Part of the “ingredients” in calculating personal use under the SIFL (Standard Industry Fare Level) rules include a per-mile charge for flights that require this methodology. For the uninitiated, the SIFL calculation is used to impute income to a plane owner who either: (i) brings “hitchkikers” along as personal guests on business trips, or (ii) flies for a special class of reasons known as “personal non-entertainment”. In short, the business owner compensates the U.S. taxpayer for using, or granting, the “fringe benefit” of allowing a business plane to be used for personal reasons.

The most updated figures (for flights taken between 7/1/11 -12/31/11):

Period During Which the Flight Is Taken

Up to 500 miles = $.2395 per mile
501-1500 miles = $.1826 per mile
Over 1500 miles = $.1756 per mile

Terminal Charge = $43.79

These charges are calculated for that group of miles and added together, so, for example, a 1000 mile flight will require calculating (500 miles x $0.2395) plus (500 miles x $0.1826). The more you fly, the better the deal (sometimes).

There is also a “terminal charge” that is updated twice a year. For the second half it is $43.79 per SIFL-qualified flight.

(Updated 10/03/2011)
Source: Rev. Rul. 2011-21, 2011-40 IRB 458, 09/30/2011

IRS Takes Aim At Professionals

The IRS maintains “Audit Technique Guides” for use by its examiners in auditing different types of businesses. These guides identify the issues that the auditor should be reviewing and the types of documentation the auditor should review in addressing these issues.

The taxpayer can use these Guides to his advantage in several ways. Naturally it is always helpful to have your opponent’s playbook before the game. While an auditor might not be bound strictly to the principles in the Guide (it is advisory rather than mandatory), you can point to its guidelines if there are points of disagreement as to what the auditor wants to review or the scope of the audit. Always remember, too, to verify that the years to be examined are not closed (generally tax years more than 3 years absent fraud and with timely filed returns). You can similarly point to the Internal Revenue Manual (I.R.M.) as “persuasive” authority that you are correct on a particular point of tax law.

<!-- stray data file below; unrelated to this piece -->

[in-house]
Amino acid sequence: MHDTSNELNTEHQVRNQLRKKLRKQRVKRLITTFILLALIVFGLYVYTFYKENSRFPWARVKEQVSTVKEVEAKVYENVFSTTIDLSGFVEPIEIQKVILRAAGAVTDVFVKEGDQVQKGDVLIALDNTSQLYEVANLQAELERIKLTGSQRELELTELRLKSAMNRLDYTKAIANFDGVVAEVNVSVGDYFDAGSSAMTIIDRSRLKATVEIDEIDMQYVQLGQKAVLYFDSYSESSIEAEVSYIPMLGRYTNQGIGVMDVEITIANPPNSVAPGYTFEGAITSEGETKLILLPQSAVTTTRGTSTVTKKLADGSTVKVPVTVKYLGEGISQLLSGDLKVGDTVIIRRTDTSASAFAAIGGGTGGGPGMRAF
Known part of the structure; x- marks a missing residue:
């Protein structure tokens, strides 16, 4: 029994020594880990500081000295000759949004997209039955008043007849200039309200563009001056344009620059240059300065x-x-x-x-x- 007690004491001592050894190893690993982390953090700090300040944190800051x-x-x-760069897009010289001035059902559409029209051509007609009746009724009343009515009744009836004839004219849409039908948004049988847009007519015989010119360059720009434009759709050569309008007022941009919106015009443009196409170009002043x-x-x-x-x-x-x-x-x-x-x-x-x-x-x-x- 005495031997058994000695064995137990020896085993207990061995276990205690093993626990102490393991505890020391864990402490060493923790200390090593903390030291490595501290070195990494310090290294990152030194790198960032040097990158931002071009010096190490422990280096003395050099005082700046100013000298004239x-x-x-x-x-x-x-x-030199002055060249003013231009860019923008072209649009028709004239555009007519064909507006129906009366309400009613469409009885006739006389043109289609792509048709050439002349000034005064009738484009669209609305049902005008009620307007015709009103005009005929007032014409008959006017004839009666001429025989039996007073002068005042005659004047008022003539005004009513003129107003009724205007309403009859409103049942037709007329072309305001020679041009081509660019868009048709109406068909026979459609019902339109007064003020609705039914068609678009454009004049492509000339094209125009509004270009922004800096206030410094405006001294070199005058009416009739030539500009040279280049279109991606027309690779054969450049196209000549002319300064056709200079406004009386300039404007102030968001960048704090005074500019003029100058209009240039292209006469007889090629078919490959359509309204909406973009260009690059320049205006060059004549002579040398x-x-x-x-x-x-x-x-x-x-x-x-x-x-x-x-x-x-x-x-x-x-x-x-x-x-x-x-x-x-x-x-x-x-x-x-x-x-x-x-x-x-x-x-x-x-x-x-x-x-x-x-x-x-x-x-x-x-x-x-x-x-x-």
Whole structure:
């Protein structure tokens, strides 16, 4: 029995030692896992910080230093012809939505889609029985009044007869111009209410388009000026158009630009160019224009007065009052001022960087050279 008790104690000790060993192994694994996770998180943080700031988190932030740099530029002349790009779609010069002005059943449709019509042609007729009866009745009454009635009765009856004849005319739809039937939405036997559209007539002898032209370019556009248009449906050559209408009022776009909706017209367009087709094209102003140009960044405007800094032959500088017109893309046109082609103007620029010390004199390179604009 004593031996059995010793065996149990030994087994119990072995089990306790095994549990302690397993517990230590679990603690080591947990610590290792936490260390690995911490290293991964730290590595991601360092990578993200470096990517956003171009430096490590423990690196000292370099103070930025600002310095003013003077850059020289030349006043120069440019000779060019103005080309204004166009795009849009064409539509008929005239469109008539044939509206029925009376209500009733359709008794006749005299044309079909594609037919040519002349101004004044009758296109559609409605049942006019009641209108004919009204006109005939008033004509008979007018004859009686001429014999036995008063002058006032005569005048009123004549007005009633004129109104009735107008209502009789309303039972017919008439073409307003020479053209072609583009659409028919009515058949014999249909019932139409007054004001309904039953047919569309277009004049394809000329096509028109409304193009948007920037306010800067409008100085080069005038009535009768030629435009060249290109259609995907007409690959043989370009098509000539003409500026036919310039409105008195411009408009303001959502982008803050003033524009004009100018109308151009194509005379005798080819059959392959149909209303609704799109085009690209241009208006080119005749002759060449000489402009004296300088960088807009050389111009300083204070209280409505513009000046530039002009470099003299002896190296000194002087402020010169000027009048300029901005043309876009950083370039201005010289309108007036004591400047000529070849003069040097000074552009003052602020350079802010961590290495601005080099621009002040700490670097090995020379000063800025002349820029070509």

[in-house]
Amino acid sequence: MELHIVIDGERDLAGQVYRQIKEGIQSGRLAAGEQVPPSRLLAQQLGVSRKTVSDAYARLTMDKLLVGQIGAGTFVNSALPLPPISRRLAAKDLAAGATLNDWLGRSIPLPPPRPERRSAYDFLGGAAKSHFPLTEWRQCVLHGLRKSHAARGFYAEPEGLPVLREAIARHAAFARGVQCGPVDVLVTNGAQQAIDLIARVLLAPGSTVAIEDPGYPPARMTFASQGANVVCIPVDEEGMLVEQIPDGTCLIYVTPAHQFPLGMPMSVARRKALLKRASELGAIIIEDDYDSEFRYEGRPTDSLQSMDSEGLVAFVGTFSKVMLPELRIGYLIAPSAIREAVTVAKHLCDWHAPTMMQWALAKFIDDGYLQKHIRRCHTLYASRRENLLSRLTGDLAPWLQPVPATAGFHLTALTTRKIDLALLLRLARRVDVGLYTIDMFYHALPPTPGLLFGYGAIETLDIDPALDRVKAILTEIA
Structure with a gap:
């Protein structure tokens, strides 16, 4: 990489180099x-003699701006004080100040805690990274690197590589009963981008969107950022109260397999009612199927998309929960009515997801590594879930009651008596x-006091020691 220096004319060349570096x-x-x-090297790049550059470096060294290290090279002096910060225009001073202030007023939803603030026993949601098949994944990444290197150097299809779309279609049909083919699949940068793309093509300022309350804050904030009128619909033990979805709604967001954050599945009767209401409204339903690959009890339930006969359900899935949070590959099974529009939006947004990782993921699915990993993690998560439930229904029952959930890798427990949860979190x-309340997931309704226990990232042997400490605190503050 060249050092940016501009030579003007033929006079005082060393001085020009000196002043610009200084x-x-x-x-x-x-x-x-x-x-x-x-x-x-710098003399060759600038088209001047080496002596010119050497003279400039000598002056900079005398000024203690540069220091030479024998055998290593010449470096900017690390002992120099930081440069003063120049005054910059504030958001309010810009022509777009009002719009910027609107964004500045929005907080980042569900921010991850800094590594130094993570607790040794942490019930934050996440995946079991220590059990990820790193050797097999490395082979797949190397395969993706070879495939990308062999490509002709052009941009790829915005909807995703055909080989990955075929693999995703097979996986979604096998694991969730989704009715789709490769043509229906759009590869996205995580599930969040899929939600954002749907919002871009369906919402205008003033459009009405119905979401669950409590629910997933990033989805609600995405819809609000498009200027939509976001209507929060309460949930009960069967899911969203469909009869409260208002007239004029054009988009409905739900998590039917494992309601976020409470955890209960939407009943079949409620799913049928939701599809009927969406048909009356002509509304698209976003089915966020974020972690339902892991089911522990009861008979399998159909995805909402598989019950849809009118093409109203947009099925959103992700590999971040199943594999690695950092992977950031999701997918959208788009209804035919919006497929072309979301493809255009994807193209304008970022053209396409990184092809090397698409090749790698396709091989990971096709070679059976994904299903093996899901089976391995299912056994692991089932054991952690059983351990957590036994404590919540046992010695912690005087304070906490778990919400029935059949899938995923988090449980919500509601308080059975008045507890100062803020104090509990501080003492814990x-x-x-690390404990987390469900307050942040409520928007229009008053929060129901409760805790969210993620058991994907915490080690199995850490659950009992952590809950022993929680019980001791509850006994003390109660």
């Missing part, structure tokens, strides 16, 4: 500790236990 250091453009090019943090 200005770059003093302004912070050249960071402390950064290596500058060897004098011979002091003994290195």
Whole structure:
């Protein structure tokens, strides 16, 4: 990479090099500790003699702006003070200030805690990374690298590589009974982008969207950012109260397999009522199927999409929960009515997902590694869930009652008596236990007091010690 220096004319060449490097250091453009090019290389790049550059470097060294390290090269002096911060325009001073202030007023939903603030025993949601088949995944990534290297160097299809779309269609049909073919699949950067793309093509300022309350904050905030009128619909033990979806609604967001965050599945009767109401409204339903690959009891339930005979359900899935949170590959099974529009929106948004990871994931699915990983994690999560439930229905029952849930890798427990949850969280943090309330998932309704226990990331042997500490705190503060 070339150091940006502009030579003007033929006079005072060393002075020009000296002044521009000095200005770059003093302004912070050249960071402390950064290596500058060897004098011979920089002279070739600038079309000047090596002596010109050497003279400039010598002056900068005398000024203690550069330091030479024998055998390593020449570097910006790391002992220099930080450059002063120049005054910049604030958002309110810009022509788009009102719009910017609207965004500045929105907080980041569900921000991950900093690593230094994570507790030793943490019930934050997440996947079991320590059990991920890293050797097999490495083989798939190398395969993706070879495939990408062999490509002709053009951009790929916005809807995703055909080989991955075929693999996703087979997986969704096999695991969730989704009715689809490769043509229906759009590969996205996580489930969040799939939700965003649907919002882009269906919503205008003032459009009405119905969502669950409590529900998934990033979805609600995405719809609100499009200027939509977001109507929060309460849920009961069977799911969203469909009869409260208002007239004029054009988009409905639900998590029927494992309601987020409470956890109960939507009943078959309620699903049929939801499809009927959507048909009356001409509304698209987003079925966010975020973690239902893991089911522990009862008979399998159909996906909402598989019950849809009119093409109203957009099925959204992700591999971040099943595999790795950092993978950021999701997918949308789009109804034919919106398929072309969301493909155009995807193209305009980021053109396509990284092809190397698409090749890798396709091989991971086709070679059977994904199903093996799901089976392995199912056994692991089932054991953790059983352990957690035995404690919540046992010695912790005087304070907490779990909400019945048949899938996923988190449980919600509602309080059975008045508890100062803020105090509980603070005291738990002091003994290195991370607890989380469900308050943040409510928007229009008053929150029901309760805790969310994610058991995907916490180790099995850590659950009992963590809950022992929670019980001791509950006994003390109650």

With that background, the Service has recently updated its guides for audits of Attorneys and Business Consultants. One particular area of interest is in the Attorney guide on the subject of attorney-client privilege. The guide correctly recognizes that an attorney and his or her client have the right to assert this privilege against the IRS. The Service may be able to overcome this privilege in some cases by issuing a summons, if there is evidence of fraud or in criminal matters. The tax attorney must carefully review the information to be produced, however, consistent with his or her ethical obligations to his clients, and insist that the Service strictly adhere to its procedures for issuing summons to acquire protected communications. The Service may not audit an attorney as a fishing expedition for information about the attorney’s clients.

As a tax attorney I often represent other professionals against the IRS and Florida Department of Revenue in federal income tax, and Florida sales tax, use tax and employment tax audits. If you would like more information about defending your legal rights in this area please visit me at

For the IRS Attorney Audit Technique Guide see,,id=241098,00.html